CARL KASELL, HOST:

We have a tie for first place, Peter. Kyrie O'Connor and Charlie Pierce both have three points. Peter Grosz has two.

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Wait Wait...Don't Tell Me!
12:00 pm
Sat December 10, 2011

Prediction

Originally published on Sat December 10, 2011 11:16 am

Transcript

PETER SAGAL, HOST:

Now, panel, what will Iran do with that drone? Peter Grosz?

PETER GROSZ: Well, they claim they're going to try to make it run again, but it's just going to end up sitting on blocks in their driveway.

(SOUNDBITE OF LAUGHTER)

SAGAL: You know how it goes. Kyrie O'Connor?

KYRIE O'CONNOR: Well, no, no, no, they're going to install it in front of Isfahan VFW.

(SOUNDBITE OF LAUGHTER)

SAGAL: And Charlie Pierce?

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Wait Wait...Don't Tell Me!
12:00 pm
Sat December 10, 2011

Who's Carl This Time?

Transcript

CARL KASELL, HOST:

From NPR and WBEZ-Chicago, this is WAIT WAIT...DON'T TELL ME!, the NPR News quiz. I'm Carl Kasell, and here's your host, at the Eastern Kentucky Center for the Arts in Richmond, Kentucky, Peter Sagal.

PETER SAGAL, HOST:

Thank you, Carl.

(SOUNDBITE OF APPLAUSE)

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Wait Wait...Don't Tell Me!
12:00 pm
Sat December 10, 2011

Opening Panel Round

Transcript

PETER SAGAL, HOST:

Hey, if you've ever wondered what we look like, now is your chance to either be pleasantly surprised or horrified. We're doing our first ever TV special in a few weeks. It's WAIT WAIT...DON'T TELL ME!'s year in review for 2011.

It's an hour long television special on BBC America, on Friday, December 23rd, and it will also be heard on your favorite public radio station that weekend. I know it will be a tough choice between Carl and Frost the Snowman, but Carl does not need no magic hat to talk.

(SOUNDBITE OF LAUGHTER)

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Wait Wait...Don't Tell Me!
12:00 pm
Sat December 10, 2011

Panel Round Two

Transcript

CARL KASELL, HOST:

From NPR and WBEZ-Chicago, this is WAIT WAIT...DON'T TELL ME!, the NPR News quiz. I'm Carl Kasell. We're playing this week with Kyrie O'Connor, Peter Grosz and Charlie Pierce. And here again is your host, at the EKU Center for the Arts in Richmond, Kentucky, Peter Sagal.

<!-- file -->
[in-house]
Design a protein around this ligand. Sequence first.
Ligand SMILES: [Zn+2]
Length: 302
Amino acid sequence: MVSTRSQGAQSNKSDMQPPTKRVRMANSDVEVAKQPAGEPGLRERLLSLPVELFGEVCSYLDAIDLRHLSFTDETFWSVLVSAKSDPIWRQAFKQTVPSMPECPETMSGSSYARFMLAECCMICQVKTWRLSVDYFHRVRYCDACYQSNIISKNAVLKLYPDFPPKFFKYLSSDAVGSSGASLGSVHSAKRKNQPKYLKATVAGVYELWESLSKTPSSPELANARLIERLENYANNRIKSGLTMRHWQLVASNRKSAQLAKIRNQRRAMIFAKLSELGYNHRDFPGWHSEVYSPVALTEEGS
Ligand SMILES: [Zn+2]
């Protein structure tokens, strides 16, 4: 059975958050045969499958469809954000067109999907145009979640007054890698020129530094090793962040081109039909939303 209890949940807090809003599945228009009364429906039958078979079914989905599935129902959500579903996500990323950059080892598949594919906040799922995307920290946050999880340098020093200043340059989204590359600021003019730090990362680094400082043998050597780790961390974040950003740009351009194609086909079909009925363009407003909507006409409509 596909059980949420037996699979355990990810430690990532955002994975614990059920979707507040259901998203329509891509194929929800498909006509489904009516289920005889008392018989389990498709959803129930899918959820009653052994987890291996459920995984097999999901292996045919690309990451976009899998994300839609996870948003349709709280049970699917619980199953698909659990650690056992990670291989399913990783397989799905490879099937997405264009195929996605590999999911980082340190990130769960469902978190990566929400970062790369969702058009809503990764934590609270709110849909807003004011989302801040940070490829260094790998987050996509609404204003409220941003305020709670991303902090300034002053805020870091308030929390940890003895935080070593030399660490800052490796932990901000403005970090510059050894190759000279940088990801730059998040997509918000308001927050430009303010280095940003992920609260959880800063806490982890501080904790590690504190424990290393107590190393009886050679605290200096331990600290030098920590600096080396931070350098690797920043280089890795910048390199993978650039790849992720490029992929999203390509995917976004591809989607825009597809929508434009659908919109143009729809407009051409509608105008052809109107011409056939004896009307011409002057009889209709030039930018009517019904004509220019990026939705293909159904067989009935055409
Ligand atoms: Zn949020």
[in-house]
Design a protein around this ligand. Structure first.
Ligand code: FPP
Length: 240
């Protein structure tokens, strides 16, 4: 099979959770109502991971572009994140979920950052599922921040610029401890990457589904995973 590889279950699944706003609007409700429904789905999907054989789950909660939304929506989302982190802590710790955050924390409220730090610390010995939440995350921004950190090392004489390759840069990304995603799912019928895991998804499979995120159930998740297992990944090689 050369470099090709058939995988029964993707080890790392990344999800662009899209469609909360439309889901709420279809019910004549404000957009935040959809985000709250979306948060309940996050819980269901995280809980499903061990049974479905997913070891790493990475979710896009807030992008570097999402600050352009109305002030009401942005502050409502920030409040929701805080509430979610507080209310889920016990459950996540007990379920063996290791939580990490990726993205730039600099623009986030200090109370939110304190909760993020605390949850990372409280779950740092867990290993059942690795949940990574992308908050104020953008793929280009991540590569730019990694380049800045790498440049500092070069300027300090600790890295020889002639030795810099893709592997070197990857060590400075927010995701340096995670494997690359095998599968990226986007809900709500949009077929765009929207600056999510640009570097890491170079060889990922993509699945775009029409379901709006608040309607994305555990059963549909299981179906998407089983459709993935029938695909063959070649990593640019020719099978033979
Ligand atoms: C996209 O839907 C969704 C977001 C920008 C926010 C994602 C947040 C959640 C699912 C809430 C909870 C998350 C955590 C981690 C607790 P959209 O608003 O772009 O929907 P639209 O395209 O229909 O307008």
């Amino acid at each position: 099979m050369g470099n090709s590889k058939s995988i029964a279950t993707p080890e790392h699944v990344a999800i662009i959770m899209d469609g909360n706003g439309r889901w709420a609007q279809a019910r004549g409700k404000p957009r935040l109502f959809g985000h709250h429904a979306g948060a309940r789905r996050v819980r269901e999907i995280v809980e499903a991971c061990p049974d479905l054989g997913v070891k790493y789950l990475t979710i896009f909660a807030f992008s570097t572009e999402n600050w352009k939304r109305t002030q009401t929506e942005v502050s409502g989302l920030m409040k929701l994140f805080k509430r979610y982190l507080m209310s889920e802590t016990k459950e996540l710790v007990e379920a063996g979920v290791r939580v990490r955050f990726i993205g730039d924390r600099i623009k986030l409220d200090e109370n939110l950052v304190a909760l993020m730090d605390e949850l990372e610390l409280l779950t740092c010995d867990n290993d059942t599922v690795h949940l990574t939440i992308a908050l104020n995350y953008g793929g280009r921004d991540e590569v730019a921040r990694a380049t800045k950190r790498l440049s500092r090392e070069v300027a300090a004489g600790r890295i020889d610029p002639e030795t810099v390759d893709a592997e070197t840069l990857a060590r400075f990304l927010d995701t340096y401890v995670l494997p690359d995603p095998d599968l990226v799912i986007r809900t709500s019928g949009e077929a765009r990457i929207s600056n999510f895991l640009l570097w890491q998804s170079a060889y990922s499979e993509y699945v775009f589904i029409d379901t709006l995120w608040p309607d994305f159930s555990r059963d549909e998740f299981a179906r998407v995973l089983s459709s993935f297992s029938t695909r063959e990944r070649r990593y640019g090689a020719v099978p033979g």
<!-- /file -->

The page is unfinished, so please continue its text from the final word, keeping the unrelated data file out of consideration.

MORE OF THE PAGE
PETER SAGAL, HOST:

Thank you, Carl.

(SOUNDBITE OF APPLAUSE)

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Wait Wait...Don't Tell Me!
12:00 pm
Sat December 10, 2011

Limericks

Transcript

PETER SAGAL, HOST:

Coming up, it's Lightning Fill in the Blank, but first it's the game where you have to listen for the rhyme. If you'd like to play on air, call or leave a message at 1-888-Wait-Wait. That's 1-888-924-8924. You can click the contact us link on our website waitwait.npr.org.

There you can find out about attending our weekly live shows back at the Chase Bank Auditorium in Chicago, Illinois, and you can check out our podcast, "how to do everything." This week: how not to get a lunch date with Matt Damon.

(SOUNDBITE OF LAUGHTER)

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Wait Wait...Don't Tell Me!
12:00 pm
Sat December 10, 2011

Bluff The Listener

Transcript

CARL KASELL, HOST:

From NPR and WBEZ-Chicago, this is WAIT WAIT...DON'T TELL ME!, the NPR News quiz. I'm Carl Kasell. We're playing this week with Charlie Pierce, Kyrie O'Connor and Peter Grosz. And here again is your host, at the EKU Center for the Arts in Richmond, Kentucky, Peter Sagal.

PETER SAGAL, HOST:

Thank you, Carl.

(SOUNDBITE OF APPLAUSE)

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Monkey See
11:15 am
Sat December 10, 2011

Ever Wanted To Help Cover The News? Here's How You Can — In The UK, Anyway

I get somewhere between four and six e-mails every day from NPR's news managers, each one an update on the network's coverage plans for the day — and each one bearing this stern all-caps warning:

*THIS NOTE IS STRICTLY FOR PLANNING PURPOSES ONLY: INFORMATION IS NOT FOR PUBLICATION, BROADCAST OR SHARING WITH THIRD PARTIES*

Like most news organizations, we keep our so-called "story budgets" close to the vest, not least out of competitiveness.

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Fresh Air Weekend
11:02 am
Sat December 10, 2011

Fresh Air Weekend: 'Test Kitchen,' Dustin Lance Black

Christopher Kimball offers several suggestions for making your fries deliciously crispy.
iStockphoto.com

Fresh Air Weekend highlights some of the best interviews and reviews from past weeks, and new program elements specially paced for weekends. Our weekend show emphasizes interviews with writers, filmmakers, actors, and musicians, and often includes excerpts from live in-studio concerts. This week:

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Simon Says
10:09 am
Sat December 10, 2011

Laura Nyro's Lasting, Eclectic Musical Legacy

Laura Nyro performs at the Monterey Pop Festival in 1967.
Michael Ochs Archives Getty Images

Most of the names announced for induction to the Rock And Roll Hall of Fame this week are familiar: Guns N' Roses, Beastie Boys and Red Hot Chili Peppers.

The name Laura Nyro may need some explaining.

She was the daughter of a New York jazz trumpeter, who took her along to his gigs. She sold her first song, And When I Die, to Peter, Paul and Mary for $5,000 when she was just a teenager; left New York's School of Music and Art; and became a star at the 1967 Monterey Pop Festival at the age of 20.

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Hard Times: A Journey Across America
8:02 am
Sat December 10, 2011

Latinos Get Little Credit For Rebuilding New Orleans